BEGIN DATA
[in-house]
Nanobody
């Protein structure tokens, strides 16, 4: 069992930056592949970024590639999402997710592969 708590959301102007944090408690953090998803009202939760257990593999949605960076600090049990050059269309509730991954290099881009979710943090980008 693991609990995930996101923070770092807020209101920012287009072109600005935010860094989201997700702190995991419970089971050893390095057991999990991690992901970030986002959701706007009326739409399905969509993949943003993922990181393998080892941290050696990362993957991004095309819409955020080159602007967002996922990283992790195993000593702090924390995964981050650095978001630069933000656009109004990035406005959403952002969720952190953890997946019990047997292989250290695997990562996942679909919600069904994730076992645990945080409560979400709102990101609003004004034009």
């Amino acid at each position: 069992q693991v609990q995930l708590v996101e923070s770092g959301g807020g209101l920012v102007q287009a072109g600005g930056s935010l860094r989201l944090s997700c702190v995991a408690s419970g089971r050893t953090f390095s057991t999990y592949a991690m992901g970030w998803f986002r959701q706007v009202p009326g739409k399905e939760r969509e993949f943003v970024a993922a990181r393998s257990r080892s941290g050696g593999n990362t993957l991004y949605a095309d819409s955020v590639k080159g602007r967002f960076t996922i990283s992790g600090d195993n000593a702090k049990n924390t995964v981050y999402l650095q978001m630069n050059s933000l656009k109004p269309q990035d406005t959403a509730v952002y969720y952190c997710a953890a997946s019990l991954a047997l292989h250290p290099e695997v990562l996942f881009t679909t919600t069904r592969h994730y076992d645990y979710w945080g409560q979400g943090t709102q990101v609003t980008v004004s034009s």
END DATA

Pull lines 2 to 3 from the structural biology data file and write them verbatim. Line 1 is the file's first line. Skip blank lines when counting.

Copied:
Nanobody
């Protein structure tokens, strides 16, 4: 069992930056592949970024590639999402997710592969 708590959301102007944090408690953090998803009202939760257990593999949605960076600090049990050059269309509730991954290099881009979710943090980008 693991609990995930996101923070770092807020209101920012287009072109600005935010860094989201997700702190995991419970089971050893390095057991999990991690992901970030986002959701706007009326739409399905969509993949943003993922990181393998080892941290050696990362993957991004095309819409955020080159602007967002996922990283992790195993000593702090924390995964981050650095978001630069933000656009109004990035406005959403952002969720952190953890997946019990047997292989250290695997990562996942679909919600069904994730076992645990945080409560979400709102990101609003004004034009």